Martin Jackson

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Martin Jackson
Born (1955-08-30) 30 August 1955 (age 67)
Origin Manchester, England, UK
Genres Punk rock, new wave, post-punk, sophisti-pop
Occupation(s) Drummer, writer in film and TV, studio musician
Instruments Drums, keyboards
Years active 1975–1994
Associated acts The Bees Knees, The Freshies, Magazine, The Chameleons, Broken Glass, Design 9, Swing Out Sister, The Durutti Column
Notable instruments
Drums, percussion, keyboards

Martin Jackson (born 30 August 1955 in Manchester, England[1]) is a British drummer who has played with several new wave bands from Manchester, although his most successful roles were with Magazine in 1978 with the release of the influential Real Life album, and Swing Out Sister in 1986, with the hit song "Breakout".


His earliest work was alongside Chris Sievey, with whom he formed The Bees Knees, recording unreleased material,[2] and The Freshies,[3][4] around the mid-1970s.

In 1977, he answered an ad placed by ex-Buzzcocks Howard Devoto, who solicited musicians to form a new band, and joined the fledgling Magazine, which began to be very influential among future rock musicians. He took part in the recording of the "Shot By Both Sides" single which the band performed on Top of the Pops, and the album Real Life. But after the British tour for the album, he left in late July 1978.[5]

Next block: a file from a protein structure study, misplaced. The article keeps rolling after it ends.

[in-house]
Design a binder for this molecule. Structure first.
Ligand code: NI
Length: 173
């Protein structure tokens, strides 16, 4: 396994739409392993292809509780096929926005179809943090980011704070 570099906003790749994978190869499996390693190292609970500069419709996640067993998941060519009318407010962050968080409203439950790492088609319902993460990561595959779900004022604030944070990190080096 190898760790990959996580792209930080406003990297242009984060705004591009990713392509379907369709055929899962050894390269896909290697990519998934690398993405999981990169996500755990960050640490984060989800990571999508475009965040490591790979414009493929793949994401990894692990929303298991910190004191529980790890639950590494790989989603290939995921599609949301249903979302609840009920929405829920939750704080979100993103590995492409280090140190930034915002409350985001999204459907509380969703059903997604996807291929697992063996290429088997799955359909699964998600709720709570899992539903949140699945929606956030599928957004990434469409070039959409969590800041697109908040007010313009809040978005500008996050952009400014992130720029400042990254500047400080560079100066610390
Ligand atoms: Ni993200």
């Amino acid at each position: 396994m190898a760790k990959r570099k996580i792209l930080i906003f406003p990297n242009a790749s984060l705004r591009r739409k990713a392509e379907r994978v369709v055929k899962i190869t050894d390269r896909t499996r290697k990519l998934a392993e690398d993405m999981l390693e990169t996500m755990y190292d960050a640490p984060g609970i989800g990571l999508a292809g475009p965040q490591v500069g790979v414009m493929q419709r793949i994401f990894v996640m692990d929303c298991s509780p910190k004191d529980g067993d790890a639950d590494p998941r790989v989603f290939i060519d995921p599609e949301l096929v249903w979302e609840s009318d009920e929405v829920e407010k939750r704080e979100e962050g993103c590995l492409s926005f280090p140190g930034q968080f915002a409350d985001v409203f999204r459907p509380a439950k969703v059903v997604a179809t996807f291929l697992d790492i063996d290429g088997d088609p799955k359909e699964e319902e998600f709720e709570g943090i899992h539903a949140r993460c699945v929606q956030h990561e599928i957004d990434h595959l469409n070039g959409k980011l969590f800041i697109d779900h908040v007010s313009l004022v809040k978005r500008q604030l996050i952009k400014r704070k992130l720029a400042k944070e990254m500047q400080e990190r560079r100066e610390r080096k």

It seems his whereabouts were unknown until 1982, when he joined The Chameleons briefly to replace John Lever, departing in 1983 when the latter rejoined. He appeared in some songs of the live compilation Here Today... ...Gone Tomorrow.[6]

In 1984, he teamed up with DJ Greg Wilson and keyboard friend Andy Connell to create an album called UK Electro. Connell and Jackson later collaborated with Design 9, alongside Steven Murray of the power-pop band Fast Cars but they left the project to form Swing Out Sister[7] with singer Corinne Drewery in 1985. Jackson played drums on their debut album in 1987, but left the band in the middle of recording Swing Out Sister's second album Kaleidoscope World.

He also worked with The Durutti Column,[8] playing on the Sex and Death album released in 1994.


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